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House of Representatives
Session of 2017 - 2018 Regular Session


Posted: April 13, 2018 02:49 PM
From: Representative Todd Stephens
To: All House members
Subject: Protecting Dogs from Extreme Weather
“Libre’s Law” was a tremendous victory for the people and animals of Pennsylvania, garnering nationwide applause and inspiring lawmakers in other states to assess their own animal cruelty statutes. After nearly a year of enforcement, we noted the need for two critical additions that will drastically improve the lives of dogs in the Commonwealth.

Currently, Pennsylvania has no meaningful requirements for shelter to ensure dogs kept outdoors have protection from the elements. The vagueness of current language has caused a bit of frustration for the public and law enforcement officers as it fails to provide sufficient guidance as to what is required. Refining the definition of shelter for these animals will support Act 10 and those charged with enforcing it.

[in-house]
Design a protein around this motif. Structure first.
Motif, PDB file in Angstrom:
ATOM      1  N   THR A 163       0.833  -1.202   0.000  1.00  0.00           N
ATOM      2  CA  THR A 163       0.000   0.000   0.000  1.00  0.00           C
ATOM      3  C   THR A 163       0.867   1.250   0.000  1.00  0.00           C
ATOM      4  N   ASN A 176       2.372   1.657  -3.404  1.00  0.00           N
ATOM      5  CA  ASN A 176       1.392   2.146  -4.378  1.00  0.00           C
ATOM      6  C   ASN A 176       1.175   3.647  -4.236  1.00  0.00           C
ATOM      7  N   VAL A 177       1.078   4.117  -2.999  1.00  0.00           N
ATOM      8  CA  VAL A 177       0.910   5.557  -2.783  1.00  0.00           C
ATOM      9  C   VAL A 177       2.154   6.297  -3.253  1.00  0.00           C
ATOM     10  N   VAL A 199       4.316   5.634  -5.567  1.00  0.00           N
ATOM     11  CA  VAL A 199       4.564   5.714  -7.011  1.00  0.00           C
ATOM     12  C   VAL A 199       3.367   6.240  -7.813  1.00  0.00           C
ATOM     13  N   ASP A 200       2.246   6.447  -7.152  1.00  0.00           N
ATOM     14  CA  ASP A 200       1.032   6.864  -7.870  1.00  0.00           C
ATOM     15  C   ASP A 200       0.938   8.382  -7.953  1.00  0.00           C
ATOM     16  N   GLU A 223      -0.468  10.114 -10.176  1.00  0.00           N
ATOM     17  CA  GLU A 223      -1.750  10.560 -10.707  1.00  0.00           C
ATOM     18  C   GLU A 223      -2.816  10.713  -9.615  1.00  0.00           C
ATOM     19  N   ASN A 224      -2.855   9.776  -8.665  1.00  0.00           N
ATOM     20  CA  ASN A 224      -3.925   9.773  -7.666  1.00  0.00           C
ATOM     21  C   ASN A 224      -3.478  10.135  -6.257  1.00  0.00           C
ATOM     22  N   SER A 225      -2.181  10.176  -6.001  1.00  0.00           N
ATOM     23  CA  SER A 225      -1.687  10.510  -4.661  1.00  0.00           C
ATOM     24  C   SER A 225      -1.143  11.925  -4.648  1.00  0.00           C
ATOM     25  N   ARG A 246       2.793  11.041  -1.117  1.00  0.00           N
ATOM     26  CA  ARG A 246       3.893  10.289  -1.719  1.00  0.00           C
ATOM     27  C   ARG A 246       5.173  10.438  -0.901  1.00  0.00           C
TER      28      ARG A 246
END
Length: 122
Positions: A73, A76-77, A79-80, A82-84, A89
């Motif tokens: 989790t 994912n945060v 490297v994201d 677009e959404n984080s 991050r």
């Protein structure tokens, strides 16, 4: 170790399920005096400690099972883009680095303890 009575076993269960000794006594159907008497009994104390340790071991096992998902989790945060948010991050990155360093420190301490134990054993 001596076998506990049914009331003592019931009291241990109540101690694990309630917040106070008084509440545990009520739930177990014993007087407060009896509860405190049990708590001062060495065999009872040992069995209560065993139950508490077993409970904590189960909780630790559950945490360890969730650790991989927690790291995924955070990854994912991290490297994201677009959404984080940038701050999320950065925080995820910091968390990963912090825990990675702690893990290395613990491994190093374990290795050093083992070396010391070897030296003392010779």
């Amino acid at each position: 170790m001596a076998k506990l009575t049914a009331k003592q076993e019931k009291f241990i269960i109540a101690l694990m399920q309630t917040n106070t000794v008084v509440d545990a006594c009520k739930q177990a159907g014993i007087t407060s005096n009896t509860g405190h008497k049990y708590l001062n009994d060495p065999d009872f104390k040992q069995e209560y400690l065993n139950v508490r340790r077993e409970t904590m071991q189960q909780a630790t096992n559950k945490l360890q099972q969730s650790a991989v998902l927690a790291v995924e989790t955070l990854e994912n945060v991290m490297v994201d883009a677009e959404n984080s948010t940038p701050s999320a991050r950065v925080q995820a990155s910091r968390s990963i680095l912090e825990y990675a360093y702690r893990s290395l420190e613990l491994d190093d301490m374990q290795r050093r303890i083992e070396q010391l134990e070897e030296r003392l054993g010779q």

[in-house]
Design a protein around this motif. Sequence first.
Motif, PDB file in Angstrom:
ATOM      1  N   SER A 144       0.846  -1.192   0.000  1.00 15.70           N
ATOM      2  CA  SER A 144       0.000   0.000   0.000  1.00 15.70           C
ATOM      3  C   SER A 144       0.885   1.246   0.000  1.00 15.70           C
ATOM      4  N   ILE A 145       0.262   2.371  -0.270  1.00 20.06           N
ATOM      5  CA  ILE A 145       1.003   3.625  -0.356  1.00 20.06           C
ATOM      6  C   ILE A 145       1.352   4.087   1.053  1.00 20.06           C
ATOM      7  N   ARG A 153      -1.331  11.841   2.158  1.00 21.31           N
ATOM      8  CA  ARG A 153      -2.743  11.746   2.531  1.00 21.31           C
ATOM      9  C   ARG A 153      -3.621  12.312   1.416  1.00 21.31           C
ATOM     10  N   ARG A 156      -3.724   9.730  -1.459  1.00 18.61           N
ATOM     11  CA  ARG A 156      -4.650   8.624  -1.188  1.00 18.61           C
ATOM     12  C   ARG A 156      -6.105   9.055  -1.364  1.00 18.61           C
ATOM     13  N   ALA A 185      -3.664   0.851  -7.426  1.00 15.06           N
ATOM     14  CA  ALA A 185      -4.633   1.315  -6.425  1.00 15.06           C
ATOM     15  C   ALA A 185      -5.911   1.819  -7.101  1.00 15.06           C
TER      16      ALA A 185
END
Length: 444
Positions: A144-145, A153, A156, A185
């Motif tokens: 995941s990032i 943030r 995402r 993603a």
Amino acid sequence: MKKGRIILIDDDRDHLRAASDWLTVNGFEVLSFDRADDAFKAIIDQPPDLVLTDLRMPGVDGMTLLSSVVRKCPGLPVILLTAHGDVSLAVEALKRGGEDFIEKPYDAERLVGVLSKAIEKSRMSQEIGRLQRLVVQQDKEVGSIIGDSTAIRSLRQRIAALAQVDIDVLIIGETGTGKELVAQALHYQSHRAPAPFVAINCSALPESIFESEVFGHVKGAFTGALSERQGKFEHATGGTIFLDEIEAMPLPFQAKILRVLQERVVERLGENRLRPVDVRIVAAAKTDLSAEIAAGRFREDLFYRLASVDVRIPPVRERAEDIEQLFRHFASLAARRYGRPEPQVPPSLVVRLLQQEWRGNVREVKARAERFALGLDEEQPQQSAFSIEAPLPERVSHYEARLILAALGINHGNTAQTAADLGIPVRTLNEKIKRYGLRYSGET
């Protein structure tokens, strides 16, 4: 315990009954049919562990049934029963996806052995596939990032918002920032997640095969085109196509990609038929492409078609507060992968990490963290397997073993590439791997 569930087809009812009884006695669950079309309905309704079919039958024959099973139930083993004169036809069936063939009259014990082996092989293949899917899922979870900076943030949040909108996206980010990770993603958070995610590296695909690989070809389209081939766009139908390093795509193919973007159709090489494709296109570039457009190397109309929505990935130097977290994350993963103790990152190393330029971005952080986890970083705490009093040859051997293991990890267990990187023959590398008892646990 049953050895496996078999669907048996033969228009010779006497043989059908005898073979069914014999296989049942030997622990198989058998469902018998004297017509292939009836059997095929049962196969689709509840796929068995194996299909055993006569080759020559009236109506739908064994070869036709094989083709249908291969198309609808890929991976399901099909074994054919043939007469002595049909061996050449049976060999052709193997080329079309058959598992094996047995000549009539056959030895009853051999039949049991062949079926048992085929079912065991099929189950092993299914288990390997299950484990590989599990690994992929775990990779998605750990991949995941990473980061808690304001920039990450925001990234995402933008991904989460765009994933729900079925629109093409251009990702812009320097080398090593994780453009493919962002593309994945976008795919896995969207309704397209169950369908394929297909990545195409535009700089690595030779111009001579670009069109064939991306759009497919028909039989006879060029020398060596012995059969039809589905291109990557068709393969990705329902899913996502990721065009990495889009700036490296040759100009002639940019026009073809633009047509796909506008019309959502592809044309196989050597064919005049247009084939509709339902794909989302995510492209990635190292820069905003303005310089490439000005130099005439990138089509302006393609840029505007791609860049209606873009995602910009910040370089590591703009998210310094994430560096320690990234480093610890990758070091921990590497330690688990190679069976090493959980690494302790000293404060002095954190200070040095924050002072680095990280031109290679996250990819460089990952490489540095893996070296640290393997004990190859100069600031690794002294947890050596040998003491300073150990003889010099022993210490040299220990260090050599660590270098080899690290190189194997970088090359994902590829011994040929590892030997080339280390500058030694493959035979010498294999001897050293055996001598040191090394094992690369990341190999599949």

Current law fails to adequately protect dogs during periods of extreme weather. Like people, dogs are vulnerable to the elements. Extended exposure to cold temperatures can result in frostbite and potentially deadly hypothermia, and heat stroke is a common cause of death for dogs in summer months. Dogs who are tethered or chained during natural disasters have no chance to seek shelter. Current law offers little protection for dogs in these cases. Act 10 of “Libre’s Law” ensures that a dog is not tethered for longer than 30 minutes when the temperature is over 90 degrees or under 32 degrees but current law has no provision for dogs who are not tethered but nonetheless live outside and are subjected to the elements.

Dog owners and enforcement officers need clear, reasonable standards for animal care. Accordingly, I will be introducing legislation updating the existing statute, clarifying minimum requirements for adequate shelter to protect dogs when left outdoors, particularly during times of extreme weather. In an effort to standardize these requirements, proposed language will mirror ordinances already in effect in Pittsburgh, Philadelphia, Harrisburg and many other municipalities throughout our state.

Please join me in cosponsoring this important legislation.